Last April 5th, globally renowned diver and naturalist Laurent Ballesta, equipped with a Blancpain Fifty Fathoms timepiece on his wrist and accompanied by specially trained divers and researchers from the South African Institute for Aquatic Biodiversity SAIAB, together with ten scientists from the Museum of National History and from CNRS, the French National Research Institute, all left for South Africa to undergo 40 days of deep water diving to meet with legendary bottom-dwelling sea creature, the cœlacanth.
Locally known as Gombessa, this peaceful giant measures two metres long and was once thought to have become extinct 70 million years ago. However, this rare fish, when discovered alive in 1938 has come to represent one of the most important zoological discoveries of the 20th century:
– it is seen as the ‘transition animal’ from backboned fish to the earliest four-legged vertebrate land animals; and
– with its lobe fins and ‘primitive lung’, this fish bears testament to our forays within the primordial soup, 379 million years ago.
For over a century, the cœlacanth has sparked intense debate between scientists and creationists. Portrayed as the crucial link between fish and land animals, it is without doubt one of the most hotly dissected and debated creatures of our time, and yet we know almost nothing about its way of life. Extremely rare and living over 100 metres deep, very few direct sightings have been witnessed until now. The GOMBESSA expedition, the result of two years’ scientific research, logistical and human preparedness, for the first time enabled observations and scientific experiments to be carried out in contact with a living cœlacanth.
To reach this living legend, Laurent Ballesta and his team of divers had to perform daily deep water dives to Jesser Canyon caves, 120 metres below the surface: a depth where each minute passed underwater is paid for in long hours of decompression.
Once in contact with the animal, they implemented scientific protocol devised by the research team from the National History Museum and from CNRS, led by Professor Gaël Clément, palaeontologist at the Museum, and by South African biologists, Kerry Sink and Angus Paterson from SAIAB.
Blancpain & the underwater world
Driven by a spirit of innovation since its founding in 1735, Blancpain boasts a longstanding link with diving since 1953, when the Manufacture developed the first modern diving watch: the Fifty Fathoms. This mechanical model, so-called because it offered water tightness to 50 fathoms (around 91 metres) defined, for the first time, the specifics of a true diver timepiece. Today, the Fifty Fathoms collection remains the reference in the world of diving watches and combines watchmaking know-how with strict diving safety standards.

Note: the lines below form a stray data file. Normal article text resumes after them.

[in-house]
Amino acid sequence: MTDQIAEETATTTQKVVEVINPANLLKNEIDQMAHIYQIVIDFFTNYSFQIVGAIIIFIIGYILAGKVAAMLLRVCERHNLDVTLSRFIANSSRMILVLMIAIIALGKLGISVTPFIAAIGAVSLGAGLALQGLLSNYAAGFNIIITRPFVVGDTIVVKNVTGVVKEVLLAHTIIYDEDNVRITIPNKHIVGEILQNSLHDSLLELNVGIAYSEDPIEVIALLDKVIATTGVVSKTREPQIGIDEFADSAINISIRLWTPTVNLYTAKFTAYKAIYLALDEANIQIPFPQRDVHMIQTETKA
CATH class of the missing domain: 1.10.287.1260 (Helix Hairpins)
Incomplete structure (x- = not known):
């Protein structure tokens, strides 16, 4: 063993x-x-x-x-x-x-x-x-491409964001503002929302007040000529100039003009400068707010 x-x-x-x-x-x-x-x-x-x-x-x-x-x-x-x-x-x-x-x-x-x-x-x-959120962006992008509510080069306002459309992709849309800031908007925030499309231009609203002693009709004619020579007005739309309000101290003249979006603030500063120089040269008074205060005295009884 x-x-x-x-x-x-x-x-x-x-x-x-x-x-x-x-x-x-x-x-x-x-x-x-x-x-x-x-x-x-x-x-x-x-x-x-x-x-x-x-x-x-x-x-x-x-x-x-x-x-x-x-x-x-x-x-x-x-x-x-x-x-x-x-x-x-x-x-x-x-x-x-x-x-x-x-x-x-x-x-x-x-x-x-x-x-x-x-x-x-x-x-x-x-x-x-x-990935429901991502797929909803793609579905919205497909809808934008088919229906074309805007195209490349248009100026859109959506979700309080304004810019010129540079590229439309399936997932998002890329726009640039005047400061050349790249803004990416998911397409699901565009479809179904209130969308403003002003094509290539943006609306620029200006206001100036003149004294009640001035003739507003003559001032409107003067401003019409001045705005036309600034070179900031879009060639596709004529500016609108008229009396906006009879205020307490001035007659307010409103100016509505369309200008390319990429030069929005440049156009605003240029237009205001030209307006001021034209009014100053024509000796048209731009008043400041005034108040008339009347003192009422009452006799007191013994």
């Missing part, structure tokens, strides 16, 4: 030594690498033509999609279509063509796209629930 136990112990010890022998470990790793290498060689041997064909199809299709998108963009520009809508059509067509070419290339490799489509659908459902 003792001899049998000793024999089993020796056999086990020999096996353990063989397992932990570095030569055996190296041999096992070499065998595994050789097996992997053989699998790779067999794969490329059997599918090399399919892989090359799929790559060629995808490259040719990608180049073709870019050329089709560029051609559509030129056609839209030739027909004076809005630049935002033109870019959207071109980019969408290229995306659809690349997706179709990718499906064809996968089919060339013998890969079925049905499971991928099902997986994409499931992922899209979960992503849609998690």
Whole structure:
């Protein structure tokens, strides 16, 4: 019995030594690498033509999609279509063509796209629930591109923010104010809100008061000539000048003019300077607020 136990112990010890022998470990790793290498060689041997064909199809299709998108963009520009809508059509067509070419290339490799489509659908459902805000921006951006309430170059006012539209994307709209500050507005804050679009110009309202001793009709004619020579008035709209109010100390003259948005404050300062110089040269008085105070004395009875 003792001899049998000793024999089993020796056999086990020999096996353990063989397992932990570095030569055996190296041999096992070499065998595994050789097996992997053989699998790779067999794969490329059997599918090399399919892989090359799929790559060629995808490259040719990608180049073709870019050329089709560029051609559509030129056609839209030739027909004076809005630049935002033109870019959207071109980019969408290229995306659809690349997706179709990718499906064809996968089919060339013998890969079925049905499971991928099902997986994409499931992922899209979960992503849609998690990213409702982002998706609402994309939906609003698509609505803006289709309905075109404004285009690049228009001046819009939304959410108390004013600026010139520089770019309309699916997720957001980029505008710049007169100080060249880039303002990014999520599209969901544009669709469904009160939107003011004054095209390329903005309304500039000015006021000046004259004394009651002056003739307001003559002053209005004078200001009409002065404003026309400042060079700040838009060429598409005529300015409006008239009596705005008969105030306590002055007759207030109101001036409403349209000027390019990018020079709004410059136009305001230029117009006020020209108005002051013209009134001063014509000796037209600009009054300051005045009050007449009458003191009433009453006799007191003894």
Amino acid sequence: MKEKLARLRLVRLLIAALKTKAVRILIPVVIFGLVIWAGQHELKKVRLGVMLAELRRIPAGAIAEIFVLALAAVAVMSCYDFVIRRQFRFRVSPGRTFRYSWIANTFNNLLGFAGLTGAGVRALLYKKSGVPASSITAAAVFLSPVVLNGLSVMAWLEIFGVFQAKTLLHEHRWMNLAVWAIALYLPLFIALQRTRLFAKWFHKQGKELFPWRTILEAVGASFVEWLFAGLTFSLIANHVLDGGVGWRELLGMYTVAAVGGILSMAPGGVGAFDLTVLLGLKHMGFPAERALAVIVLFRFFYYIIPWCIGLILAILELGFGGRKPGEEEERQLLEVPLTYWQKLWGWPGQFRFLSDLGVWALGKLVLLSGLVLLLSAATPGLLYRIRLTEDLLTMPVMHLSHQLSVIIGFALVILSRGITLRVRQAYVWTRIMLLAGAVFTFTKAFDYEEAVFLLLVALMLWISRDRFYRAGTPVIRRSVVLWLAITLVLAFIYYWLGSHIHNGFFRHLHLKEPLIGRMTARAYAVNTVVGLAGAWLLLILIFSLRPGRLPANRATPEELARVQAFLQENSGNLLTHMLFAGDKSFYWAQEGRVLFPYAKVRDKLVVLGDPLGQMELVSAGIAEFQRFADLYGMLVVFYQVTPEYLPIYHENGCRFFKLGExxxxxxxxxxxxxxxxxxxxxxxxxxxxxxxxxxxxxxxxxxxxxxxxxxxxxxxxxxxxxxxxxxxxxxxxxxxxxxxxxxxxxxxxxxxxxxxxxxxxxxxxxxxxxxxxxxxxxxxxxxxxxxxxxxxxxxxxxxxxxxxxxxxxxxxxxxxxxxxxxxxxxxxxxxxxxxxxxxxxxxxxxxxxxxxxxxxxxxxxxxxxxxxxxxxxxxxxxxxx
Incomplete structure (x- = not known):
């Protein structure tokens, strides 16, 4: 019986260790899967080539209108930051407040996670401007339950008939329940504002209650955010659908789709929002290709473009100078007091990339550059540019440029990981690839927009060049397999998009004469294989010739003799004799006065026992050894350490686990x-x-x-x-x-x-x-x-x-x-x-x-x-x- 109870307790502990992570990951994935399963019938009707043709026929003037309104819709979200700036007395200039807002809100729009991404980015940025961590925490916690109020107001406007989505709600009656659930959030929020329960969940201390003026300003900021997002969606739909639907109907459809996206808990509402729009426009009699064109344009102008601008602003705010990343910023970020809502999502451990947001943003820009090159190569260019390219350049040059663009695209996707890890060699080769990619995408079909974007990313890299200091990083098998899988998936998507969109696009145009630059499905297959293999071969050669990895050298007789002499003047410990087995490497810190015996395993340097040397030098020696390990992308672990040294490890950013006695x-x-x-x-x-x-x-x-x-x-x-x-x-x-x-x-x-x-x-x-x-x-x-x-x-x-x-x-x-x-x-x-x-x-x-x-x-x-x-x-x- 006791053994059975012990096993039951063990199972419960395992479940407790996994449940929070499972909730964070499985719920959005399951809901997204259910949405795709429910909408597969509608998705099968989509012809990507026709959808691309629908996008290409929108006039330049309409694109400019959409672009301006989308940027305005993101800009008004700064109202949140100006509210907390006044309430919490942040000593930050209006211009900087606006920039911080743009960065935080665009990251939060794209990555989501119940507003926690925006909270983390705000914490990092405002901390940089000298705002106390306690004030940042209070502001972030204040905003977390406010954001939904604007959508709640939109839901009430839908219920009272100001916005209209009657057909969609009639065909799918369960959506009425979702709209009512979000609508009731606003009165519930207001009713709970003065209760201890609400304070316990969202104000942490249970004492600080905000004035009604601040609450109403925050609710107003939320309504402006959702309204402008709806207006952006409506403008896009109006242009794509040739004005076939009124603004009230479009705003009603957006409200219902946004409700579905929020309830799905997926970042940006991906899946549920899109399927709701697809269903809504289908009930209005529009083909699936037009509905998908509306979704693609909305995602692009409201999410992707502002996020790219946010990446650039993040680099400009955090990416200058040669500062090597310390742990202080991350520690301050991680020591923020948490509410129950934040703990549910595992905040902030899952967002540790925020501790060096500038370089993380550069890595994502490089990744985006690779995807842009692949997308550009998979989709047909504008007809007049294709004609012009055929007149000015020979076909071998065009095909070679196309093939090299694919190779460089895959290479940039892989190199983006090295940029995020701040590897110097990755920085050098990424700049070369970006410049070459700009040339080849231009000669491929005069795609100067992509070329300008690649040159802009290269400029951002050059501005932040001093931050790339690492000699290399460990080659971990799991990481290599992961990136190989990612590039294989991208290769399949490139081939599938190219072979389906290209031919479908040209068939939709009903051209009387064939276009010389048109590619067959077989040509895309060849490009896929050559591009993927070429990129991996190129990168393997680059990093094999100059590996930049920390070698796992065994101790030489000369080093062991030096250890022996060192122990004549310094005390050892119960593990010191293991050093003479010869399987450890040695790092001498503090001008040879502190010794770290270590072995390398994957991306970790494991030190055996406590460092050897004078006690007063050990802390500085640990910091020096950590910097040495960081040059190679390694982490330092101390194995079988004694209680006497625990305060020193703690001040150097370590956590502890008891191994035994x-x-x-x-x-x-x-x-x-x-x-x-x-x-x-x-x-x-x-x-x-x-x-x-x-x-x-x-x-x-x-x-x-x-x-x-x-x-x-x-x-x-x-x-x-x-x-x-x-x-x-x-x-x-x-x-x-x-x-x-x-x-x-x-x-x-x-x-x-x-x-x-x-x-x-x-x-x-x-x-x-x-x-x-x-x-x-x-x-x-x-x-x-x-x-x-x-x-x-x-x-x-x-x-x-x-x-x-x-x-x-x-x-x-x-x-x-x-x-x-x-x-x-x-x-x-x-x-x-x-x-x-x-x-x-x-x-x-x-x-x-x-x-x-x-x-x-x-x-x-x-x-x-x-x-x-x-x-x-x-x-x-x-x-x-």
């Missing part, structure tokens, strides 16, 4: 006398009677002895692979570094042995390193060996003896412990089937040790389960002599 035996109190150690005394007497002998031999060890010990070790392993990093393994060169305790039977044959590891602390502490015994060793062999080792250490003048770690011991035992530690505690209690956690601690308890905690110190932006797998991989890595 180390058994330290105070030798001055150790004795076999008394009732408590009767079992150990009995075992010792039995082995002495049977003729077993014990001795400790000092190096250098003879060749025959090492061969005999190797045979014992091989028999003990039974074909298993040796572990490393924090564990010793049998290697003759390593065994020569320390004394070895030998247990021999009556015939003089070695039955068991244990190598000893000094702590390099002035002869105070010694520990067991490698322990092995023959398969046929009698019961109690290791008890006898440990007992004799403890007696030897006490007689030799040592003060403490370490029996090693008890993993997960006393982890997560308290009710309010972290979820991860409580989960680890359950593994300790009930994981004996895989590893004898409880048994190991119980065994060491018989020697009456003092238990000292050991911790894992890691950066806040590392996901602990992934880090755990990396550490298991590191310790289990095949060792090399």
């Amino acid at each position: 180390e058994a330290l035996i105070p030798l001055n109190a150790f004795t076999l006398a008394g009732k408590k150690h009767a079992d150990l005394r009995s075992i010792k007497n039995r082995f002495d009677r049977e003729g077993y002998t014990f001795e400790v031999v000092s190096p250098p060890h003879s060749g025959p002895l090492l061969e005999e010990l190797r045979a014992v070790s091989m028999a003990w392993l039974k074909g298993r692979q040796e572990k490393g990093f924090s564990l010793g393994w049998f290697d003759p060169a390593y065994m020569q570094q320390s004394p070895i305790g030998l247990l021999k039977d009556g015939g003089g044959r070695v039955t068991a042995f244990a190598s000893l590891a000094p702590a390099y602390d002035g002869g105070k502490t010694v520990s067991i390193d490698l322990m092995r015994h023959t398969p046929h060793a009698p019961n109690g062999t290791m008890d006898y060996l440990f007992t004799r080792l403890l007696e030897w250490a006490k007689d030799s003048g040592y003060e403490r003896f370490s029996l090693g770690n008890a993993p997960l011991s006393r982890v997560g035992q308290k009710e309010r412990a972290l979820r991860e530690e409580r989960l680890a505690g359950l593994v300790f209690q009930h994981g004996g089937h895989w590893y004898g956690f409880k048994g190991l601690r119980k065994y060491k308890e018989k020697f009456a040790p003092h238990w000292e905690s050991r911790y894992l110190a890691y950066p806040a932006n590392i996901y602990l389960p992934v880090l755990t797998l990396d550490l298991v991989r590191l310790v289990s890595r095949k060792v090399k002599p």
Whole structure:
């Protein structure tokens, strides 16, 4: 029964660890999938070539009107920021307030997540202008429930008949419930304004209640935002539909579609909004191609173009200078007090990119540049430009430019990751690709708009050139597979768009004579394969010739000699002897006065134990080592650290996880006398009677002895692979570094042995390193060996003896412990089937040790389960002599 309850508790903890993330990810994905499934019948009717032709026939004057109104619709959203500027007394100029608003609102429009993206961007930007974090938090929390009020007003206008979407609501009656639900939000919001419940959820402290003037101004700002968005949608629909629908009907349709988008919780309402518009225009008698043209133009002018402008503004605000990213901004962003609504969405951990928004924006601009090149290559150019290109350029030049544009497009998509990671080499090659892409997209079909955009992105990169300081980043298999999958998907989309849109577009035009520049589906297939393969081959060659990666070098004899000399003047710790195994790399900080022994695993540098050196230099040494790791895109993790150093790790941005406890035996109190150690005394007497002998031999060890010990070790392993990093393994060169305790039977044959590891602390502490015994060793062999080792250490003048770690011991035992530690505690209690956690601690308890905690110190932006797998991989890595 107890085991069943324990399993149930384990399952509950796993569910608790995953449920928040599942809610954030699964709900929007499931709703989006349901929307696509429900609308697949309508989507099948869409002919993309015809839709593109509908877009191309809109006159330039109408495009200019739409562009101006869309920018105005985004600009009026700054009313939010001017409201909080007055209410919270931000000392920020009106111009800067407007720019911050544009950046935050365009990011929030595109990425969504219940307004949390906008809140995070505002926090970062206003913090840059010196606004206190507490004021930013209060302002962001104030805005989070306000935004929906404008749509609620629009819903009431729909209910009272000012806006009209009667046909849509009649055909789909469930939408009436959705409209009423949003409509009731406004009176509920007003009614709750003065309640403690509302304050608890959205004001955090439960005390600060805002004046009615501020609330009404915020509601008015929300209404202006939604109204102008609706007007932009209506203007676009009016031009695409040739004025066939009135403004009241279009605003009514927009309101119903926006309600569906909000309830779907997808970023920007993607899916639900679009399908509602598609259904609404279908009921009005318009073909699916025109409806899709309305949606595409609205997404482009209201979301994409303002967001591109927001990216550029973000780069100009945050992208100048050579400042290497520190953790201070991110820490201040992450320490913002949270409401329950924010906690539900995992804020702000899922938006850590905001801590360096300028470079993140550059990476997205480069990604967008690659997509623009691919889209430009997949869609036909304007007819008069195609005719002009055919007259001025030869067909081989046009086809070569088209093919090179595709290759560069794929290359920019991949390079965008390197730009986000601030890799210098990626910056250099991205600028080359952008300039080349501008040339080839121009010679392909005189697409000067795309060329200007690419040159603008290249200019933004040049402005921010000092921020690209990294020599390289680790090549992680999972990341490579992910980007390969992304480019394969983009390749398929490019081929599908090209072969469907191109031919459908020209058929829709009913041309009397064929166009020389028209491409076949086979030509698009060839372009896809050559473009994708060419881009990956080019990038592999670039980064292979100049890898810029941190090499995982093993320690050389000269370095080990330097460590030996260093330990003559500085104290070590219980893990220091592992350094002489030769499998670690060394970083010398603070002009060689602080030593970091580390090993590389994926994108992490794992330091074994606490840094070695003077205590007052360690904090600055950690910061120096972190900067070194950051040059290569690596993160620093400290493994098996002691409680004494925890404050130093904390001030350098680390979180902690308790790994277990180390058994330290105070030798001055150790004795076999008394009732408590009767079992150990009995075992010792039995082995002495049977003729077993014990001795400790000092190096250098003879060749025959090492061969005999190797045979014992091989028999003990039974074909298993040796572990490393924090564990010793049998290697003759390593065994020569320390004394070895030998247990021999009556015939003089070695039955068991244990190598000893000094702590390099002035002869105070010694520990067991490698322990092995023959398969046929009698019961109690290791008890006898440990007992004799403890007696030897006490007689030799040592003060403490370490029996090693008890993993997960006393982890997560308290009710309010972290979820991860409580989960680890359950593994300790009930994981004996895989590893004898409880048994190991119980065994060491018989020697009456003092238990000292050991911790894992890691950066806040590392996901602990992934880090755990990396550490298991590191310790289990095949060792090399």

Blancpain’s commitment to the ocean is today displayed in a desire to make this vast and mysterious universe better known. Convinced that we can only respect and protect what we love, and can only love what we know, the Swiss watchmaking brand supports several major scientific expeditions including the “Pristine Seas Expeditions with Blancpain” for National Geographic, (an exploration, research and conservation project) and “Gombessa” for Laurent Ballesta, 2013 winner of the “Hans Hass Fifty Fathoms Award”.
For a few years now, the Manufacture has also collaborated with Gianluca Genoni, the multiple record breaking Italian freediver and diving school based in Monaco, Etoile Bleue. Each year Blancpain releases Edition Fifty Fathoms, a publication dedicated to the underwater world, and which is distinguished by the quality of its photographs. In 2012, Blancpain was key partner of the first World Oceans Summit organised by the Economist.
Born in 1974 in the south of France, Laurent Ballesta is a marine biologist and scientific diver. He combines his passion for underwater photography with an aptitude for deep water diving. His work attracted the attention of the selection committee for the Historical Diving Society Hans Hass during his deliberations for his 2013 prize. Laurent Ballesta is globally renowned and admired by his peers due to his scrupulous attention to detail during his deep dives, his scientific expeditions and extraordinary photographs.